RESIDUAL: Fiction

 

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It was the type of giant reel to reel that was used to show movies in old-fashioned cinemas. The glowing, ghostly white screen flickered for a few seconds while the footage wound around the giant spools of the reels, the rapid firesound of the tape slapping against itself, rushing ahead to the cell that held the first recognizable image.

It flickered in and out a few seconds more, until machinery and celluloid, finally in synch, produced the still profile bust of a stoic Native American Son on the screen. Like the head on a buffalo nickel.

The film found its pace and the red man, showing in sepia tones, slowly turned around to face me. He’s beautiful as only Natives can be. He stared out from the screen for some time and I got to study his features — the aquiline nose, the creviced solemn eyes, his jutting lower lip that wrinkled his chin. He is in full headdress – I think ‘Cherokee’ not really knowing why.

The silent film then began to advance forward, now showing him walking towards me as if intending to come off the screen into my space, the real world. It was making me a little uncomfortable, maybe even a bit scared. As he came closer, other Indian men slowly morphed in behind him, walking in single file first facing east then each turning right at the same point as if in a drill. They all turn their eyes on me as they move slowly forward, crowding dangerously to overflow at the edge of the screen, really frightening me now. I felt myself pulling away into consciousness…

When I woke up I was glad to see I was still in my single bed in the small rustic hotel I and my traveling partner, asleep in his own bed, had checked into. I was relieved that I hadn’t disturbed his sleep. He had been driving us around Sedona all day and then we had taken a long, late afternoon hike up the side of a gargantuan mound of red hardened clay called Bell Rock where we read in our ‘Arizona for Dummies’ guide book there were vortexes and portals to other dimensions. We trekked up slowly in the blazing southwestern sun, noticing doused pyres made by past visitors to the area.

The view, when we reached our desired plateau, was of course out-of-this-world! A panorama of nothing but sun-bleached white, cottony clouds, sky-blue skies and rusty red mountains jutting up in that peculiar phallic shape. We saw eagles flying way above our heads. It was magic even without the discovery of a portal.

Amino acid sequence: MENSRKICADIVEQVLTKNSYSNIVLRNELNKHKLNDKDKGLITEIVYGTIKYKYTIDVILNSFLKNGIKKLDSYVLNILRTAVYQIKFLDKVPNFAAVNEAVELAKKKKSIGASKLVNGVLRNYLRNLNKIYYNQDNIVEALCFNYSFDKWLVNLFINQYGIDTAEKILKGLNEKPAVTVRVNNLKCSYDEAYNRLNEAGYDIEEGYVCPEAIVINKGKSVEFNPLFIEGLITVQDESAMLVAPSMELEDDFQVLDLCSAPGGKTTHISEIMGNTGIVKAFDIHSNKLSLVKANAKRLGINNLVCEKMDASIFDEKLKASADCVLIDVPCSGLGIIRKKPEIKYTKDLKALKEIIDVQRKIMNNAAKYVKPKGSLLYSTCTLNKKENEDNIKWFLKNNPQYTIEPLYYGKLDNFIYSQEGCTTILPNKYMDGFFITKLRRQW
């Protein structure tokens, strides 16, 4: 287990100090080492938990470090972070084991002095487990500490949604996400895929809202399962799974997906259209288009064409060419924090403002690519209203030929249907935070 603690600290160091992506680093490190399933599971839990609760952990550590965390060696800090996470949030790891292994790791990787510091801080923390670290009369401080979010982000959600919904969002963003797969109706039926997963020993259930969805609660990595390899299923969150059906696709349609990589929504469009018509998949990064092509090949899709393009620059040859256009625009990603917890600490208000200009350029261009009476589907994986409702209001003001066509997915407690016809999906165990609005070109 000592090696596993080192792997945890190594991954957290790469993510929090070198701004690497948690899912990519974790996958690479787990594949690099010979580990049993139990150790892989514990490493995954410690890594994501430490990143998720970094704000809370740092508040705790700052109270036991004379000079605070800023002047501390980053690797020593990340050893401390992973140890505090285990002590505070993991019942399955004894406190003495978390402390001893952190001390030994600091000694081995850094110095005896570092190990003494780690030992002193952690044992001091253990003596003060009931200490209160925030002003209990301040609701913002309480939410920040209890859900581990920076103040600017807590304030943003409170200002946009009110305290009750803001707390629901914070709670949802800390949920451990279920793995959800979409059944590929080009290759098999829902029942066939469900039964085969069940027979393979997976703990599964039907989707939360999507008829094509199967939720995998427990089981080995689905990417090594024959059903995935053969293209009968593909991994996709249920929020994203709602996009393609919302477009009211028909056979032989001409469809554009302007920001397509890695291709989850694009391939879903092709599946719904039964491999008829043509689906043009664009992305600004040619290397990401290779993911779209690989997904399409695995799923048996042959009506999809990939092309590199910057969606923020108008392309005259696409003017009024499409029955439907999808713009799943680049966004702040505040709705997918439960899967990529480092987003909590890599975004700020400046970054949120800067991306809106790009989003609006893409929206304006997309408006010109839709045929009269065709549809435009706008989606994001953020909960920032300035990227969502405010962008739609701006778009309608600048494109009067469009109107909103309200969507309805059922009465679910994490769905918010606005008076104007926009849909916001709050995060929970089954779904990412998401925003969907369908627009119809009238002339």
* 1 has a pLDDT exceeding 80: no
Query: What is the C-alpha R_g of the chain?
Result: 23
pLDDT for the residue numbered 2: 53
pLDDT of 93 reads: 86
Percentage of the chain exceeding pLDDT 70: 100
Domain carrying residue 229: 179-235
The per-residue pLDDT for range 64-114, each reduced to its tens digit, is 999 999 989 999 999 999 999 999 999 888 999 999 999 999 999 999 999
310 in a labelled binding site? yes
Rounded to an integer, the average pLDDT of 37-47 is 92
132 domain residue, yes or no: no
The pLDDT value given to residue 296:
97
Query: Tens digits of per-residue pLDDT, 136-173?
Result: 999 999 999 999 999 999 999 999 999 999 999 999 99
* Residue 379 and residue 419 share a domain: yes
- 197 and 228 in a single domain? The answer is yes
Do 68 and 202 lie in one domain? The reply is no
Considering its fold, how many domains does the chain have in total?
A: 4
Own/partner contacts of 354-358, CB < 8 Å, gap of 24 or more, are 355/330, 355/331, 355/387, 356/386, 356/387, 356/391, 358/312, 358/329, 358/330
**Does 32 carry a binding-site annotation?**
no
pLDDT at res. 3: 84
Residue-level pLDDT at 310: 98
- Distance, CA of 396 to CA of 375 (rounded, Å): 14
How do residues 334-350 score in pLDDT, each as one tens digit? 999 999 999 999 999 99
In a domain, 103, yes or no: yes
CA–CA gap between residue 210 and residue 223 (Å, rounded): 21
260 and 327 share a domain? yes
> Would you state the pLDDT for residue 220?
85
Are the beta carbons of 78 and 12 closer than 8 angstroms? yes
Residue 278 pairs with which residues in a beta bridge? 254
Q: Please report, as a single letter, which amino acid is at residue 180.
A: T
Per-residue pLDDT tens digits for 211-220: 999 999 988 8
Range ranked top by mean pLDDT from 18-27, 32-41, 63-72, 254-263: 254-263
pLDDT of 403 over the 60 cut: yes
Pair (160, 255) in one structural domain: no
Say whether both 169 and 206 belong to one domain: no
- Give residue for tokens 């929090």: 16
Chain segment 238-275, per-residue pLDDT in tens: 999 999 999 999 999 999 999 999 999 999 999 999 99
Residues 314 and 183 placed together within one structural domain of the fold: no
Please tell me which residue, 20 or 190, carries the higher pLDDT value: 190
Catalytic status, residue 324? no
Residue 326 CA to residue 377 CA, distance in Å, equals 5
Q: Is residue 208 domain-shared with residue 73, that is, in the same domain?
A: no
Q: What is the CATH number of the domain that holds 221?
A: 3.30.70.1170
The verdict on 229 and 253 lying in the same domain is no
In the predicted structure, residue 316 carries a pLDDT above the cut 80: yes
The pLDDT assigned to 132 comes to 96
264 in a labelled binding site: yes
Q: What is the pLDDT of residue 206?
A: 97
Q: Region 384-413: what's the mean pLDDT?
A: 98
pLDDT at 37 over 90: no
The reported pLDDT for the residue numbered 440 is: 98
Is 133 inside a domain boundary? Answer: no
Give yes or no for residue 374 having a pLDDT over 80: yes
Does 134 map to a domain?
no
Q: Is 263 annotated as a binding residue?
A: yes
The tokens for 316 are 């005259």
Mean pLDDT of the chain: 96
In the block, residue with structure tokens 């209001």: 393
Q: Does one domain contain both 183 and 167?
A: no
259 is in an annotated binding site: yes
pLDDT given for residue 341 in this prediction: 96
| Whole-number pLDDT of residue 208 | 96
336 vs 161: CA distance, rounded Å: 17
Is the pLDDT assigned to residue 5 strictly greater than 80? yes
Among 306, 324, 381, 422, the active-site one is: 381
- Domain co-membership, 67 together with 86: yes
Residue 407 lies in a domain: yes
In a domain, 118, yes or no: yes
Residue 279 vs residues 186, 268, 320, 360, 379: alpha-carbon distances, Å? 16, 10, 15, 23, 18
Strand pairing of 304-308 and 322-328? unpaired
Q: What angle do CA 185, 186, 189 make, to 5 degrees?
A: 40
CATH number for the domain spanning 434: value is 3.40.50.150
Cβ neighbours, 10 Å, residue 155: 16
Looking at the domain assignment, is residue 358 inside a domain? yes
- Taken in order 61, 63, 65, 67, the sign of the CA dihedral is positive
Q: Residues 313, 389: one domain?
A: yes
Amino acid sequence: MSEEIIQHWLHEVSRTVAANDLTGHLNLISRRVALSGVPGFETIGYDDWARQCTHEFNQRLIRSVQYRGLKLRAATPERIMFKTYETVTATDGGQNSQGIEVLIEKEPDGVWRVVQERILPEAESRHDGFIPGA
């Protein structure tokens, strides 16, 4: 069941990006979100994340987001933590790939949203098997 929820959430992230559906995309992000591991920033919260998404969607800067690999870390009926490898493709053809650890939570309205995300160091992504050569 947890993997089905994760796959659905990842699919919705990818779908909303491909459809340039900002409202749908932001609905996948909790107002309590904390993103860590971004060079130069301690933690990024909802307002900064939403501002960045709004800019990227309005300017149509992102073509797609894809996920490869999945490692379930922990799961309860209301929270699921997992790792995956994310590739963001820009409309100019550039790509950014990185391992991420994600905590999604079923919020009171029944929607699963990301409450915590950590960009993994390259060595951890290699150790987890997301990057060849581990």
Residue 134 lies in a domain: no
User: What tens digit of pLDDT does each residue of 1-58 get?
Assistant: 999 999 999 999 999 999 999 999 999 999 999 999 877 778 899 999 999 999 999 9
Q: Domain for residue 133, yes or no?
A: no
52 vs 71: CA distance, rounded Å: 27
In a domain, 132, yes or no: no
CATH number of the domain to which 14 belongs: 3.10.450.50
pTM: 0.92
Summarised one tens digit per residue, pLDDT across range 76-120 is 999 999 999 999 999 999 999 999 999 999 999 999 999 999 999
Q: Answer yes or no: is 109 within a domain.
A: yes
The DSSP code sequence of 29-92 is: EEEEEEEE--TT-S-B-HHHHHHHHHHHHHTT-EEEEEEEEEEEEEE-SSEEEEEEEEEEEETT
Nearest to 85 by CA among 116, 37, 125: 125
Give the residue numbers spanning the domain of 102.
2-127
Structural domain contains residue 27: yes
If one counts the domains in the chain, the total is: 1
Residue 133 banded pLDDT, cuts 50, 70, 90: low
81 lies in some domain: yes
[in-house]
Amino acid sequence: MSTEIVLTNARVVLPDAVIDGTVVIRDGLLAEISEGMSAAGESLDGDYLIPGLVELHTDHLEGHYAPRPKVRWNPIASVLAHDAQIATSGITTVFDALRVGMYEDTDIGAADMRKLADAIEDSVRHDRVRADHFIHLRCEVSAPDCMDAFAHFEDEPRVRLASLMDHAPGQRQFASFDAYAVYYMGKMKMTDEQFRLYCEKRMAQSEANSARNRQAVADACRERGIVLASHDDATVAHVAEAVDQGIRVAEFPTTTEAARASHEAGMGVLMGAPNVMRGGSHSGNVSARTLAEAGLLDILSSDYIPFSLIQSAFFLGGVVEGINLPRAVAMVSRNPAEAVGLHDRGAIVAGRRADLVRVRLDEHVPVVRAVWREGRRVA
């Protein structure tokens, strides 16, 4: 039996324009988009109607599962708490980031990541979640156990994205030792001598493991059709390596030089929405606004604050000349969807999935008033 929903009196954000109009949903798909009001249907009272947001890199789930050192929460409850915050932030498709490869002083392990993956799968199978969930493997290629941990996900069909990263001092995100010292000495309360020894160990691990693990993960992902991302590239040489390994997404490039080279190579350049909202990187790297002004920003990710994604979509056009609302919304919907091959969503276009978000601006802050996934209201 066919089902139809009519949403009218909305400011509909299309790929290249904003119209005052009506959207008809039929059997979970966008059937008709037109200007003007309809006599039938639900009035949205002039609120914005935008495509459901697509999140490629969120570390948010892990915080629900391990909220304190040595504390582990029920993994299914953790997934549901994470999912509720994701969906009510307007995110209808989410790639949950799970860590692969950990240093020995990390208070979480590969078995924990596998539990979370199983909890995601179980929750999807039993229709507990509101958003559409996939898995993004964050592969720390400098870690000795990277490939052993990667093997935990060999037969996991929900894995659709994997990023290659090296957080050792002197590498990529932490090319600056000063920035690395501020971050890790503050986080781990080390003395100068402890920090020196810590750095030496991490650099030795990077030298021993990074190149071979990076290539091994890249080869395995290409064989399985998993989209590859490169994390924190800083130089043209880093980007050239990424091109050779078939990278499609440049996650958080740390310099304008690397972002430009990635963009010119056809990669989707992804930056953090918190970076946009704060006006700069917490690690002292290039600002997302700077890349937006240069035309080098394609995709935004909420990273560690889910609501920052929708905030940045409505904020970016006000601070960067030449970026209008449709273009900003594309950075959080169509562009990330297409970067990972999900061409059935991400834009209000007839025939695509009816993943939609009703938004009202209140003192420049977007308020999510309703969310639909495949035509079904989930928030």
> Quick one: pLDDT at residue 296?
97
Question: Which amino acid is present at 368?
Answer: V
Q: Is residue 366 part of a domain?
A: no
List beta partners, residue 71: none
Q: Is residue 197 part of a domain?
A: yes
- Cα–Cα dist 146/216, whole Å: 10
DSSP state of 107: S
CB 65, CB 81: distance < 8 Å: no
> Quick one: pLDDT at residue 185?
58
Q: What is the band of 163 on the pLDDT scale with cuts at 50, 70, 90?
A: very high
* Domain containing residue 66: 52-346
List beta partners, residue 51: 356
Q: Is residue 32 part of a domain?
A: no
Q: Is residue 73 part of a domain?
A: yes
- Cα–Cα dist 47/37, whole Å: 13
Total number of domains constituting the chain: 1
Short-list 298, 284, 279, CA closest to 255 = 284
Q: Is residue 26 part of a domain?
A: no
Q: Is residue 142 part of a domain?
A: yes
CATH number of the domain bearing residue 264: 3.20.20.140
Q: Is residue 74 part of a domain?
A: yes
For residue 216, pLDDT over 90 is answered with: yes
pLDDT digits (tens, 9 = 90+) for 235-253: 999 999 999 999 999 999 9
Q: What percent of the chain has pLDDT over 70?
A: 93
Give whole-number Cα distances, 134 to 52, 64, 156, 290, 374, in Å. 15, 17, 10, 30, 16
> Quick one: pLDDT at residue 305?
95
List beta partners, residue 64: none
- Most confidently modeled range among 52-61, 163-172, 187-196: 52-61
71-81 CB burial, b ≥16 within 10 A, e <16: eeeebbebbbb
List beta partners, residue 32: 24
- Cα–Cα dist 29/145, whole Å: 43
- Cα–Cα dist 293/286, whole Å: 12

I got out of my bed and quietly crept into my friend’s, trying hard not to wake him. I was a bit shaken up after my dream and didn’t want to sleep alone.

That next morning at sunrise he woke up yawning, stretching and looking around the room at the same time. He looked over at me and smiled, not asking what I was doing there in his bed. I volunteered;
“I had a bad dream last night and …”
But before I could continue, in between yawns he broke in and said,
“I had the strangest dream last night.”
“Oh yeah?” I said, as my heart began pounding. “What about?”
“I dreamt I was watching one of those old fashioned movies. There was an Indian in it – reminded me of the head on a nickel. Than he and some other Indians crowded onto the screen and were sort of walking towards me. They had on traditional gear with the headdress and everything. It was so weird.”

I told him I had the exact same dream.

We sat up in his bed for awhile, not looking at each other but staring at the framed charcoal drawings of so-called ‘noble savages’ some non-Indian artist had drawn that hung on our hotel room walls.
“Check out time’s at 12pm. Let’s get outta here.” he said.
We hurried and got dressed.

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Amy Conton is a freelance writer and graphic designer living in New York, USA.

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